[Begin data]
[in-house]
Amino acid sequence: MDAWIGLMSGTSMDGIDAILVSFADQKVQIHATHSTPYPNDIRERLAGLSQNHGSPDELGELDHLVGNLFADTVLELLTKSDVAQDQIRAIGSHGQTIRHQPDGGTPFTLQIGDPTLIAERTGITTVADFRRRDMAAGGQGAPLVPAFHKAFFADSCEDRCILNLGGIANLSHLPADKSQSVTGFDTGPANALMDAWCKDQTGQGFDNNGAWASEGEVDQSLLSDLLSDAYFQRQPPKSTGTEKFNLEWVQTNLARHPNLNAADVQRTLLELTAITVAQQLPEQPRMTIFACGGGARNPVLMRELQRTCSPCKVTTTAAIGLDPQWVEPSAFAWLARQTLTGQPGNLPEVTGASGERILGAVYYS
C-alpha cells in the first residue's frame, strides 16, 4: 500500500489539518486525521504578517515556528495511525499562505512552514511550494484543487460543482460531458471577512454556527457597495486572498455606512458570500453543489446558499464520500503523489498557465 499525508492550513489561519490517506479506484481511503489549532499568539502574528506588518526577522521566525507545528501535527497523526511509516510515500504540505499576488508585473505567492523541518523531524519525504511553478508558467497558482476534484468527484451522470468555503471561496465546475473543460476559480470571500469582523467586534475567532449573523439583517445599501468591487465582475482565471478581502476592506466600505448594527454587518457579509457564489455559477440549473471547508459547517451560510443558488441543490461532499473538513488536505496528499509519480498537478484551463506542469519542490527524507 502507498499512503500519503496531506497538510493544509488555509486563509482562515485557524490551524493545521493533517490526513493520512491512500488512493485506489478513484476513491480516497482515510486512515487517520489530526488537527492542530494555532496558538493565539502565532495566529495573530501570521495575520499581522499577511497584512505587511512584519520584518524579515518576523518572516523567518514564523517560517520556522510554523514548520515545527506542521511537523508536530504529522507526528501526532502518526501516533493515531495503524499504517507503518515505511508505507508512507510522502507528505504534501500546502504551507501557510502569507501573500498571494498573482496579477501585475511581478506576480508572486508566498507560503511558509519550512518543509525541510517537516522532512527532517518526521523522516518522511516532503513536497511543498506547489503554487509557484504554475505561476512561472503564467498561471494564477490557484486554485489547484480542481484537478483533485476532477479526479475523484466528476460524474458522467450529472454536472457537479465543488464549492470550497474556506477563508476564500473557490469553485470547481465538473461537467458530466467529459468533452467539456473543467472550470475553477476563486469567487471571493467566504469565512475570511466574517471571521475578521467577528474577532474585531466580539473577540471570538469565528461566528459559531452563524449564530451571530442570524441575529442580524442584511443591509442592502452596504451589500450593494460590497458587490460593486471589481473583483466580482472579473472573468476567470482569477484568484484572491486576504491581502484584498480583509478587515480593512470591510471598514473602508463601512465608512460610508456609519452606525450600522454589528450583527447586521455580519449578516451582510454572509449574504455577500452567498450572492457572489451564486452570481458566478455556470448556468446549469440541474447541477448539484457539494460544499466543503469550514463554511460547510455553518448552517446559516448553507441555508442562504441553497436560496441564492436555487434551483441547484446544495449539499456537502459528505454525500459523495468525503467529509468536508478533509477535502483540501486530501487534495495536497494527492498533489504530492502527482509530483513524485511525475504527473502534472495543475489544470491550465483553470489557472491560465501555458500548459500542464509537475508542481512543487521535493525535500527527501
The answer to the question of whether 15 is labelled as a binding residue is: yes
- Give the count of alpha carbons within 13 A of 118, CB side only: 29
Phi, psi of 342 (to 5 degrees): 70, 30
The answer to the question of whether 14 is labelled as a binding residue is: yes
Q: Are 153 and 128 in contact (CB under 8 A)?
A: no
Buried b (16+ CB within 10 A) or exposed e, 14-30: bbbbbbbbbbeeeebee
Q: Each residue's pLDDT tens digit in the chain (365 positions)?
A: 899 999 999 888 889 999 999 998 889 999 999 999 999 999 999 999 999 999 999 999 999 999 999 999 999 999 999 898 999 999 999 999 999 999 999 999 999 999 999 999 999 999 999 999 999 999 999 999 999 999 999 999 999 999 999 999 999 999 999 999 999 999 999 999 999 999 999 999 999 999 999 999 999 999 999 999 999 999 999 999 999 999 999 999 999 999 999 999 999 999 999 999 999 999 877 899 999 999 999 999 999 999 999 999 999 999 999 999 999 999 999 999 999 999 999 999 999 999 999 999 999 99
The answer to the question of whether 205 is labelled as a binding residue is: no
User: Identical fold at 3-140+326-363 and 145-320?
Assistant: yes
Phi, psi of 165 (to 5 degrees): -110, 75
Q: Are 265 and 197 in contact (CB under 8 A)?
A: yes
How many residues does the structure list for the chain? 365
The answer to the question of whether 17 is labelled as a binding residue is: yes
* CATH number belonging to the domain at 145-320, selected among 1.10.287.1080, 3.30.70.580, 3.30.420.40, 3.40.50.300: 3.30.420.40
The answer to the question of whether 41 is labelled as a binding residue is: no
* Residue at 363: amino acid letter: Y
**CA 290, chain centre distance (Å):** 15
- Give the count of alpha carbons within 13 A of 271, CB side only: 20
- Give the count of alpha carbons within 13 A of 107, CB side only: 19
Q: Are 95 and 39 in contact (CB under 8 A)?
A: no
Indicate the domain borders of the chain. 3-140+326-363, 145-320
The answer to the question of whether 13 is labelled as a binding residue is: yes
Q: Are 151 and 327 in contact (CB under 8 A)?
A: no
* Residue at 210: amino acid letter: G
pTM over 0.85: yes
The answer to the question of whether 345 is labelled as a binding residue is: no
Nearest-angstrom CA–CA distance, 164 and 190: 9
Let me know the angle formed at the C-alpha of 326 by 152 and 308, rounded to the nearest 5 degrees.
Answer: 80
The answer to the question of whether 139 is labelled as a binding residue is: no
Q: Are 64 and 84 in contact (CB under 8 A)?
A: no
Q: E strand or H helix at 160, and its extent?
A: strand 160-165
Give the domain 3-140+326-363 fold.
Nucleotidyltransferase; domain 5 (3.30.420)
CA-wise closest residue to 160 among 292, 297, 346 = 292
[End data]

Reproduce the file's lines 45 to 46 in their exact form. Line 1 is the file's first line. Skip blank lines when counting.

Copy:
Nucleotidyltransferase; domain 5 (3.30.420)
CA-wise closest residue to 160 among 292, 297, 346 = 292